As a result, 562 206 QSO candidate groups were identified and placed into a candidate QSO group catalogue (QGC). As expected, the QGC includes all groups contained in the RLQ. The QGC provides the RA, Dec, the probability of being a QSO given by He & Li (2022), and the five-band magnitudes g, r, z, W1, W2 for each candidate of every group. We note that the QGC also gives the quantities Scolour and SRF, which we define below.)

We divided the QGC into two parts, one part containing groups with two members and the other containing groups with more than two members. We labelled these PAIR and MUL, respectively. PAIR includes 462 608 systems, while MUL includes 99 538 systems. We also labelled those groups found in the RLQ as either RLQ-PAIR (47 systems) or RLQ-MUL (10 systems) depending on whether they belong to PAIR or MUL. The QGC and its corresponding description are published at the CDS.

3.2 QSO candidate groups in PAIR

PAIRs are approximately five times more prevalent in the QGC than MULs. We discarded all PAIRs having broad colour differences (see below) and/or low probabilities of their members being QSO candidates. As we discuss in Sect. 3.3, we implemented a different cleaning strategy for the MULs.

3.2.1 Selection with colour similarity

Since gravitational lensing is an achromatic process, differences in colour between multiple images can only arise through a range of scattering processes along the different paths between the observer and source. Unless a lens has strong dust gradients, the colours of lensed images are therefore generally very similar within a given multiply imaged system. As such, we can use colour similarity to eliminate PAIRs that are not likely double-image systems. Hence, we define the colour similarity of a group in PAIR, Scolour, as follows:

(1)

where σi is the standard deviation of the ith colour (computed over both members of the PAIR) out of the ten unique colours provided by the g, r, z, W1, and W2 magnitudes in the QCC.

All PAIRs with a value of Scolour that was lower than a given threshold were rejected. We chose °.5 as the threshold in this work as a compromise between rejecting as many systems in the QGC as possible whilst minimising the rejection of confirmed RLQ-PAIR systems. This choice of threshold rejects ~36% of systems in the QGC while only losing ~4% of confirmed systems classified as RLQ-PAIR. We label the remaining 297 502 groups of QSO PAIR candidates as PAIR-CS. Two known lensed QSOs are missing: RXJ0911+0551 and SBS1520+530. These systems exhibit significantly different colours between their images, presumably due to very different levels of dust encountered along the path to each image. In particular, these systems have significant differences between images in the colours that include the W1 and W2 magnitudes. However, if we do not include these magnitudes, the rejection rate drops dramatically, which leads to a much higher workload for human inspection. We discuss this further in Sect. 5.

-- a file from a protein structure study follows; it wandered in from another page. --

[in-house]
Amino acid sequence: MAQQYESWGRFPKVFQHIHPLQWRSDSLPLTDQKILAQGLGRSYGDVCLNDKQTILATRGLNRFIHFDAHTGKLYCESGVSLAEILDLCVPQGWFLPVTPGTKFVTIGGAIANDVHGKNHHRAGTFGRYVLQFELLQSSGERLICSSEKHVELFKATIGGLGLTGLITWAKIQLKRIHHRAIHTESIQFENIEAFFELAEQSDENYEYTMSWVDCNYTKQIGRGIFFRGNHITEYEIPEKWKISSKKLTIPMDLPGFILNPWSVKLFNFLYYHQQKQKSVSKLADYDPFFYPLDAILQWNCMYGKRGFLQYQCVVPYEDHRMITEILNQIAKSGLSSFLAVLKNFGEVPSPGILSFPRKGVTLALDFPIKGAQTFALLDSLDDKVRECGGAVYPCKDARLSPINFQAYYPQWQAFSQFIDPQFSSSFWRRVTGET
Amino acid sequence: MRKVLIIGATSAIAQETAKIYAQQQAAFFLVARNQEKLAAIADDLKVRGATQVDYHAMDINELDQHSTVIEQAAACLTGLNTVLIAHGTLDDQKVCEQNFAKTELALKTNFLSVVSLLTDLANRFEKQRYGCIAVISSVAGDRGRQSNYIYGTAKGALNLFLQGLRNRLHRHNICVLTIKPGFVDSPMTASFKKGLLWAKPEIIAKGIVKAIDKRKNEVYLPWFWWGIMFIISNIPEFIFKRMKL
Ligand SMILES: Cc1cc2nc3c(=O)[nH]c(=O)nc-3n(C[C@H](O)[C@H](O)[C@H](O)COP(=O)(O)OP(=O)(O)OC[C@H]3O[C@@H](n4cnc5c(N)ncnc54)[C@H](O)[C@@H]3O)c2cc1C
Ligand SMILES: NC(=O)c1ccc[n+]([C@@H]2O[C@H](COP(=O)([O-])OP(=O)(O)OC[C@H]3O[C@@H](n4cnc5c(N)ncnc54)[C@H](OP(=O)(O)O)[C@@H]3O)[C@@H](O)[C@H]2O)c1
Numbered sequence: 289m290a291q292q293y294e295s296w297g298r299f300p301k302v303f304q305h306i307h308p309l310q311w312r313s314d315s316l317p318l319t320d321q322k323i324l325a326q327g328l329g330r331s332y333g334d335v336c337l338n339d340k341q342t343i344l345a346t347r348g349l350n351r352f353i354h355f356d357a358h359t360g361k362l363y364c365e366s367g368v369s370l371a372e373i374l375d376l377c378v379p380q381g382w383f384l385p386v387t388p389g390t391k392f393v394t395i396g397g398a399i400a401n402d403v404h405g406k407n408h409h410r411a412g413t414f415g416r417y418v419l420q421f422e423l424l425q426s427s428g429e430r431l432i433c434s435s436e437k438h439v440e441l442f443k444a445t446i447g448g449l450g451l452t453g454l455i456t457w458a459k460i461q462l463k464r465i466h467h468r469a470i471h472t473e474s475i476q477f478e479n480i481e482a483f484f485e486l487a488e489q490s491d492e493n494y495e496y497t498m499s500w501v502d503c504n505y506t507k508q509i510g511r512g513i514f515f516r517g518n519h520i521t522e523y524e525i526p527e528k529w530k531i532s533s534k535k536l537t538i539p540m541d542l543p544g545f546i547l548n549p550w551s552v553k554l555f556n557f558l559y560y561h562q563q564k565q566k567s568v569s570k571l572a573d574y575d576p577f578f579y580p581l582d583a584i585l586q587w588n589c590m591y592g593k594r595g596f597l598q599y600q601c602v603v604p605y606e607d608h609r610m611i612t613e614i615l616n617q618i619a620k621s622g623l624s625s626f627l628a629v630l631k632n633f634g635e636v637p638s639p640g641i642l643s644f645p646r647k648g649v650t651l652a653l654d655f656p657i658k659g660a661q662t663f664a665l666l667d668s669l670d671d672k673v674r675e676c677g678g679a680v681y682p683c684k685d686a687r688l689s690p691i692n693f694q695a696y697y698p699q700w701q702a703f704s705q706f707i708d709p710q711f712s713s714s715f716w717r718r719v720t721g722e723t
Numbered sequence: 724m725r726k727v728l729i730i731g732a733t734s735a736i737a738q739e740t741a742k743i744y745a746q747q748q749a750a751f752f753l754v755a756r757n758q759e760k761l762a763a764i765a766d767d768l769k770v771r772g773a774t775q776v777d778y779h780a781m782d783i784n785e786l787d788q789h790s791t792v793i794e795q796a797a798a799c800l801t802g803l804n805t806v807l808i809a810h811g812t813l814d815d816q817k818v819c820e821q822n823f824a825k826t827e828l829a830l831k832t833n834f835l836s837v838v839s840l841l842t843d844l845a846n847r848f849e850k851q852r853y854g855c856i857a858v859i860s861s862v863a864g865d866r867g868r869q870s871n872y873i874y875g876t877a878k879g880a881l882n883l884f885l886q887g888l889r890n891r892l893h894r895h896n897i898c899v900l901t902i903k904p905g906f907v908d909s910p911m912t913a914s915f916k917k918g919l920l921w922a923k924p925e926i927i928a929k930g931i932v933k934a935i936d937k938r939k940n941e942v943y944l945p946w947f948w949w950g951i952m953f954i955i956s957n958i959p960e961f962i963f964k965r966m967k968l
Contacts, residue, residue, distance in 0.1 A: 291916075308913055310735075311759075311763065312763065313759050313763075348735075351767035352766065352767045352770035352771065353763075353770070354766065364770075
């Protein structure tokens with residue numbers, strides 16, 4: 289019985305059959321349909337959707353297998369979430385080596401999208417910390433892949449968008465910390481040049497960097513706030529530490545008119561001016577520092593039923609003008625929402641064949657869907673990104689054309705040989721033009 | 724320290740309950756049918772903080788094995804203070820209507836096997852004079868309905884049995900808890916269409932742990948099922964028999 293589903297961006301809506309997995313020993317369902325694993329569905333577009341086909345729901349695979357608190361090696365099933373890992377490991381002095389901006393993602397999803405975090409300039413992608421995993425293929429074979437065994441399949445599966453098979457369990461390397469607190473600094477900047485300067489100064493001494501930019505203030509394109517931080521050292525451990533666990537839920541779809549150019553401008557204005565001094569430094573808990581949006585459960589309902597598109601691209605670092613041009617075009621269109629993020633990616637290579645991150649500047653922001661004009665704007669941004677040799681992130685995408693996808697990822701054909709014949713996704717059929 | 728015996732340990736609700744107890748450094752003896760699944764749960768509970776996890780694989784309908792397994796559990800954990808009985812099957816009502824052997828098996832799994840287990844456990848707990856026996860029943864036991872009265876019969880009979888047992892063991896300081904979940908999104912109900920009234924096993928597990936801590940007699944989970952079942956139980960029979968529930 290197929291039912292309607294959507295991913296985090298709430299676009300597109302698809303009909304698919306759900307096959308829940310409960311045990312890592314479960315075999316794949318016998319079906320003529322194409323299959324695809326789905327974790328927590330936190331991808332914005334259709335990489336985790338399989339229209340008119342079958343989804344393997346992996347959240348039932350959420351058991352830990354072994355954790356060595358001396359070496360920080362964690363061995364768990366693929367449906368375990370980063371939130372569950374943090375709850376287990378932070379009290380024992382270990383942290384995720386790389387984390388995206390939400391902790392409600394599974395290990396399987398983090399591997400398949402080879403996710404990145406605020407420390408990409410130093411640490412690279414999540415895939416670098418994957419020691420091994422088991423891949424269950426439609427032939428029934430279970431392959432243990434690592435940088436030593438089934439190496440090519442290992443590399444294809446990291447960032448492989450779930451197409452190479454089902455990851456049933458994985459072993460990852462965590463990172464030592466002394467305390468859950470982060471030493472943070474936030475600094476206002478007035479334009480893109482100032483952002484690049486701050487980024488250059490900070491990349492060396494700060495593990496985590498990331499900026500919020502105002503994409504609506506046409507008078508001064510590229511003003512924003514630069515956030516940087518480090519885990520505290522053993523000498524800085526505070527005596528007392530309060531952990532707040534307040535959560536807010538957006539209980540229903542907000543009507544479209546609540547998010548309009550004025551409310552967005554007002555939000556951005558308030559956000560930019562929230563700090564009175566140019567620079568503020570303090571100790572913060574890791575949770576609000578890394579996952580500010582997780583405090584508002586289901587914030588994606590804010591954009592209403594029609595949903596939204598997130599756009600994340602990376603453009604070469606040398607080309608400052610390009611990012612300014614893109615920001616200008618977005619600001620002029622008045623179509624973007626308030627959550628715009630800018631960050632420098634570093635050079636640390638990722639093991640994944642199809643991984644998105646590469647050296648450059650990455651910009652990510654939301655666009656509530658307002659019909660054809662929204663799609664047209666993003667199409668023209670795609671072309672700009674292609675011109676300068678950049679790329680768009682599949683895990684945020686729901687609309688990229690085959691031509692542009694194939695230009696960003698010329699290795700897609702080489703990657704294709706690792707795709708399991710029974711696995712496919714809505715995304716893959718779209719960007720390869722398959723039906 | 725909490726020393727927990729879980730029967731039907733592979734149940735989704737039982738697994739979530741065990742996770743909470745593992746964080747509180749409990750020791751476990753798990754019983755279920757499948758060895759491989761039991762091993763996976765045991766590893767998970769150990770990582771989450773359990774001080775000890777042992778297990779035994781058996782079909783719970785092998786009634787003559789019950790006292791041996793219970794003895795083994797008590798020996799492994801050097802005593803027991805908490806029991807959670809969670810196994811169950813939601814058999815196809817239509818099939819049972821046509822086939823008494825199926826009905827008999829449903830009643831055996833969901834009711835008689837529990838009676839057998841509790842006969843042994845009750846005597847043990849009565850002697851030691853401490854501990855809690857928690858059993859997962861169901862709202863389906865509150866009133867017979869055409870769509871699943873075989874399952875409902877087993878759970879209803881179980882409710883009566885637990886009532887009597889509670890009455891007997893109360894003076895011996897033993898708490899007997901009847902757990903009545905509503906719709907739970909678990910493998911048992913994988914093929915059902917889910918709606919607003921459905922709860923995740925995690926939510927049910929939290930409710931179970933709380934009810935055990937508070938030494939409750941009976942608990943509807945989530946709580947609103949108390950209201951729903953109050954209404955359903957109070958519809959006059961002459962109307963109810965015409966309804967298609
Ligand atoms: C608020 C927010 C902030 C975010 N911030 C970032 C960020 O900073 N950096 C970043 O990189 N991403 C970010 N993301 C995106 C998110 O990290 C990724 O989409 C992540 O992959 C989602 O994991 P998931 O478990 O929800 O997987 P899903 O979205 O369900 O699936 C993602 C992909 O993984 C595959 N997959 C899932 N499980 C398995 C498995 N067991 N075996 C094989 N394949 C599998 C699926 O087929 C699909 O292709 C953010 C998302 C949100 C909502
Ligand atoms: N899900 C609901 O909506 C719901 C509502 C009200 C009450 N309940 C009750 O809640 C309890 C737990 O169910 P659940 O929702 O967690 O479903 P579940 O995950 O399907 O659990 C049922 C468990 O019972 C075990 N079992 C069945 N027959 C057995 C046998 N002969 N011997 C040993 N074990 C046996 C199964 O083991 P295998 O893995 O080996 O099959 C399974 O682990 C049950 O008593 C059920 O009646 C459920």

3.2.2 Selection with the probabilities of being QSOs

We used an additional metric, SRF, that measures the overall probability of the candidates truly being QSOs, to remove the groups with possible false QSOs. For a given QSO candidate group, this score is defined as:

(2)

where n is the number of QSO candidates in the group. The quantity prob_i is provided in the QCC and gives the probability of a candidate being a true QSO. The score SRF therefore represents the likelihood that a candidate group is a QSO group.

In this work, we choose a threshold of SRF = 0.85 and reject any groups in PAIR-CS with a value of SRF less than this. This removes two more confirmed multiply imaged QSOs (SBS0909+532 and DESJ0405-3308), leaving 43 out of the initial 47 confirmed systems in RLQ-PAIR. Overall, 102 468 (~22.2% PAIR, ~34.4% PAIR-CS) groups in PAIR are selected and labelled as PAIR-CS-RF.

Since we provide both SRF and Scolour in our online catalogue, users of the data can apply different thresholds according to whether a higher recall rate or a better precision is required.

3.3 QSO candidate groups in MUL

Our procedure for cleaning PAIRs is not appropriate for candidate groups classified as MUL since it is overly sensitive to groups that contain additional contaminating members. As such, we define a different strategy for the MUL groups in the QGC.

First, for each group, members with SRF < 0.85 were removed. Then, groups containing only one member after the above process are also discarded. The remaining 52 582 groups (~52.8% MUL) were labelled MUL-RF. Collectively, groups within MUL-RF contain a total of 134 976 QSO candidate members. Secondly, we explored the colour similarity of the members in each group to quantify the possibility of each group being a multiply imaged QSO system. The details of this step are as follows: (1) for a given group, Scolour, was calculated for all possible combinations of group members, from those containing two members to the largest combination that contains all members; (2) all combinations with Scolour < 0.5 were rejected; (3) finally, the combination containing the most members (and that with the highest Scolour if there is more than one of these) was retained and the others were rejected.

As a result, 45 905 groups (containing a total of 111 761 members) remain (~46.1% MUL, ~87.3% MUL-RF) and are labelled MUL-RF-CS. In MUL-RF-CS, all ten of the confirmed systems in RLQ-MUL are retained. Together, the MUL-RF-CS and PAIR-CS-RF contain 53 out of 57 RLQs; that is, the recovery rate is ~93%.

3.4 Visual inspection